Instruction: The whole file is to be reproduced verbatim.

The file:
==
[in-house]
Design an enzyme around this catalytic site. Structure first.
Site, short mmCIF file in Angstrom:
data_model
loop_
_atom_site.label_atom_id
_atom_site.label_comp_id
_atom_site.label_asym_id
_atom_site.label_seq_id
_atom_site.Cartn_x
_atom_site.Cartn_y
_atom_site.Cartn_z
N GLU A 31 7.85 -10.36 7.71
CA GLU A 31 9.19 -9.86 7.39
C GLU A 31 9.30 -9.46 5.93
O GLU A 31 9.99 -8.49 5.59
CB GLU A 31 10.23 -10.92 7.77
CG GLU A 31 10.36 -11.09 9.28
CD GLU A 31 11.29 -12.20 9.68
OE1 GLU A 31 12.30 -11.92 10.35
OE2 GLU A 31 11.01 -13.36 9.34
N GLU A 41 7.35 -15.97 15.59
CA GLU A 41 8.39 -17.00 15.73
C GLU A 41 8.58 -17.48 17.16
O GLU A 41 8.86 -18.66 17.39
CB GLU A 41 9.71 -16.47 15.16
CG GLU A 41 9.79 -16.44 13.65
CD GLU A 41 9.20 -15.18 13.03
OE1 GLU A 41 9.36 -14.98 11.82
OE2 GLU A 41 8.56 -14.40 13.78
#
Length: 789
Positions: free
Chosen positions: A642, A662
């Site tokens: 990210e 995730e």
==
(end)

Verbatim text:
[in-house]
Design an enzyme around this catalytic site. Structure first.
Site, short mmCIF file in Angstrom:
data_model
loop_
_atom_site.label_atom_id
_atom_site.label_comp_id
_atom_site.label_asym_id
_atom_site.label_seq_id
_atom_site.Cartn_x
_atom_site.Cartn_y
_atom_site.Cartn_z
N GLU A 31 7.85 -10.36 7.71
CA GLU A 31 9.19 -9.86 7.39
C GLU A 31 9.30 -9.46 5.93
O GLU A 31 9.99 -8.49 5.59
CB GLU A 31 10.23 -10.92 7.77
CG GLU A 31 10.36 -11.09 9.28
CD GLU A 31 11.29 -12.20 9.68
OE1 GLU A 31 12.30 -11.92 10.35
OE2 GLU A 31 11.01 -13.36 9.34
N GLU A 41 7.35 -15.97 15.59
CA GLU A 41 8.39 -17.00 15.73
C GLU A 41 8.58 -17.48 17.16
O GLU A 41 8.86 -18.66 17.39
CB GLU A 41 9.71 -16.47 15.16
CG GLU A 41 9.79 -16.44 13.65
CD GLU A 41 9.20 -15.18 13.03
OE1 GLU A 41 9.36 -14.98 11.82
OE2 GLU A 41 8.56 -14.40 13.78
#
Length: 789
Positions: free
Chosen positions: A642, A662
């Site tokens: 990210e 995730e």